Project Vote Smart and WSU Launch Partnership to Aid Citizen Literacy

PULLMAN, Wash. — Project Vote Smart, the nationally recognized, nonpartisan voter
education group, and Washington State University are launching a new partnership aimed to aid
both American voters and the education of WSU students.
WSU political science and journalism faculty will work with Project Vote Smart on three key
publications, including the Voter’s Self-Defense Manual, and also on the group’s National
Political Awareness Test. WSU students will have opportunities for full-time, 10-week
internships with the organization at its new retreat center in western Montana. The University of
Idaho endorsed the partnership and U of I students will also be eligible to participate in Vote
Smart internships.
“With the Foley Institute for Public Policy and Public Service, the Murrow School of
Communication, the Political Science department and the Honors Program, WSU will be a
substantial and meaningful partner for our work in voter awareness and education,” said Richard
Kimball, executive director.
“We are very pleased to be working with Project Vote Smart on projects that help Americans
understand the political process and vote with greater knowledge of issues and candidates’
positions,” said Lance LeLoup, chair of WSU’s political science department and interim director
of the Foley Institute. The institute honors Ambassador to Japan Thomas S. Foley, the long-time
U.S. congressman from Eastern Washington and former speaker of the house.
LeLoup said he sees opportunities for both students and faculty working with the
nine-year-old organization founded by a group of well-known U.S. senators and representatives
and other national leaders. Founders include Barry Goldwater, George McGovern, Mark Hatfield,
Bill Bradley, Geraldine Ferraro and many others.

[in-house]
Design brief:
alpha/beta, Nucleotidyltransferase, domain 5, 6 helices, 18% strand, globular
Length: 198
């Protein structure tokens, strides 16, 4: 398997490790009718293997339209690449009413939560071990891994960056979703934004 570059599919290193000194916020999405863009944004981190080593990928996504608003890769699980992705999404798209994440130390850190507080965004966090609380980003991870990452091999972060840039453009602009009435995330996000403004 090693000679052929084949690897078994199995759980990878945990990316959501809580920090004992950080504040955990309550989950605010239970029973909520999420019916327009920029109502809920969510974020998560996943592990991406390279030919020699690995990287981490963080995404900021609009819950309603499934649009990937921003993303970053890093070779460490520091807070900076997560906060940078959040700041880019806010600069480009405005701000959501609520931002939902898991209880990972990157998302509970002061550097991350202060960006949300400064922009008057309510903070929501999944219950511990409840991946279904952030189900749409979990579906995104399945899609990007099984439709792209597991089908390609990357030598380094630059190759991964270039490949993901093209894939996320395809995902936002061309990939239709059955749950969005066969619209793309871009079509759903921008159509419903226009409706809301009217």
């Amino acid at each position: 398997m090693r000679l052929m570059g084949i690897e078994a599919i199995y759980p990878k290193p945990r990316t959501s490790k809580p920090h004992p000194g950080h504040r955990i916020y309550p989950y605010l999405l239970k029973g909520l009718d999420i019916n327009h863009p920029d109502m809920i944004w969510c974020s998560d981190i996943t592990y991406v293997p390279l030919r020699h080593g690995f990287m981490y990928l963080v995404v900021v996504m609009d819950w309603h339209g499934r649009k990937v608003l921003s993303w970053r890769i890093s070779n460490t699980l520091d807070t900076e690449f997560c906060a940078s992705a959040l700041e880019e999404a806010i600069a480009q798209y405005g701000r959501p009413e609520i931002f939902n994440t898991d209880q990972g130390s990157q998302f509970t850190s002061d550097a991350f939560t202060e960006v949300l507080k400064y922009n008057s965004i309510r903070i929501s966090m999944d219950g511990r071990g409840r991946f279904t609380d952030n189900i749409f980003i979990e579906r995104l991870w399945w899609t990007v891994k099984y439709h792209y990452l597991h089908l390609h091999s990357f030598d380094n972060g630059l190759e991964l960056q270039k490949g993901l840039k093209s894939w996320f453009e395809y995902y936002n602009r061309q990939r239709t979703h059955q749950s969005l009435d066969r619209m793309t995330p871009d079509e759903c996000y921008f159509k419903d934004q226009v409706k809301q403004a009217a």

Project Vote Smart started as a research project in 1990. The basic premise of the
organization was this: “Would citizens defend themselves from the mudslinging, issueless
tactics used by political candidates to manipulate them?”
Over the years since then, hundreds of volunteers and student interns have worked through
PVS to give Americans a key tool for citizenship in a democracy that is “abundant, relevant
information on those who govern us, or wish to replace those who already do,” according to
LeLoup and Susan Ross, WSU journalism professor, have been named to a Project Vote
Smart advisory committee. In upcoming months, they will review early drafts and provide advice
on the Vote Smart Yellow Pages, the Reporter’s Source Book and the Voter’s Self-Defense
Manual, as well as the National Political Awareness Test.
The full-time student interns working at the Vote Smart headquarters would receive
scholarships funded through a Hearst Foundation grant to cover their room and board.
“Project Vote Smart is a national leader in voter education, and the PVS web site has been
ranked No. 1 in usefulness for voters by the American Political Science Association,” LeLoup
said. “This alliance will provide excellent public service activities both for the political science
department and the Foley Institute. We’ll have a chance to make a difference in the electoral
Looking ahead, LeLoup and Kimball see opportunities for the partnership to expand,
including establishment of some Project Vote Smart offices on WSU’s Pullman campus. This
would open up additional opportunities for part-time internships for WSU students and more
chances for faculty involvement.
Each is optimistic about the new partnership and looks forward to expanding their
partnership even further after the 2000 elections.